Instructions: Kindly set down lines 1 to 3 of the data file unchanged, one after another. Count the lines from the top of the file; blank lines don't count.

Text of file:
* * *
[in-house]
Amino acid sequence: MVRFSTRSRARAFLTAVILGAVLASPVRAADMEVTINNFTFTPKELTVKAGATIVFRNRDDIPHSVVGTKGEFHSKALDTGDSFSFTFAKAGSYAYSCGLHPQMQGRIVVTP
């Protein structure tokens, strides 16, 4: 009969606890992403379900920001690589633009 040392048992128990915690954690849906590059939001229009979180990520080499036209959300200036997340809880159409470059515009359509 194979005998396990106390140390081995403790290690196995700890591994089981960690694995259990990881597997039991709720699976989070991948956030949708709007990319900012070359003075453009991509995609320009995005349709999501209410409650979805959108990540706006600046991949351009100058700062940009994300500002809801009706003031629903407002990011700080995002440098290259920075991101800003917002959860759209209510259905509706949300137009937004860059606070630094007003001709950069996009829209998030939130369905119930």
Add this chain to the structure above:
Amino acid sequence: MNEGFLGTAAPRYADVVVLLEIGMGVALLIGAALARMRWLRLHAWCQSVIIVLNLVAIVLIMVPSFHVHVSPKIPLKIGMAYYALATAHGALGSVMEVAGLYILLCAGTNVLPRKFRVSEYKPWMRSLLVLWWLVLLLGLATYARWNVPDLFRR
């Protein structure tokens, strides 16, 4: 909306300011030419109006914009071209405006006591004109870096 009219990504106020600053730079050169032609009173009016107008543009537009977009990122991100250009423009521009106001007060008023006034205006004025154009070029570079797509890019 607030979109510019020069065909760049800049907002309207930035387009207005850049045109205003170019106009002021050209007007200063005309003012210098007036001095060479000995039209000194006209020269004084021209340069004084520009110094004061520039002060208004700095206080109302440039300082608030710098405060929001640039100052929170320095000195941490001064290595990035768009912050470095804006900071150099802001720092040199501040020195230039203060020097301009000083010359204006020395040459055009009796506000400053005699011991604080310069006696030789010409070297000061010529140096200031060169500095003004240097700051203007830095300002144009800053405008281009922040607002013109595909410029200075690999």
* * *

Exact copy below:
[in-house]
Amino acid sequence: MVRFSTRSRARAFLTAVILGAVLASPVRAADMEVTINNFTFTPKELTVKAGATIVFRNRDDIPHSVVGTKGEFHSKALDTGDSFSFTFAKAGSYAYSCGLHPQMQGRIVVTP
């Protein structure tokens, strides 16, 4: 009969606890992403379900920001690589633009 040392048992128990915690954690849906590059939001229009979180990520080499036209959300200036997340809880159409470059515009359509 194979005998396990106390140390081995403790290690196995700890591994089981960690694995259990990881597997039991709720699976989070991948956030949708709007990319900012070359003075453009991509995609320009995005349709999501209410409650979805959108990540706006600046991949351009100058700062940009994300500002809801009706003031629903407002990011700080995002440098290259920075991101800003917002959860759209209510259905509706949300137009937004860059606070630094007003001709950069996009829209998030939130369905119930």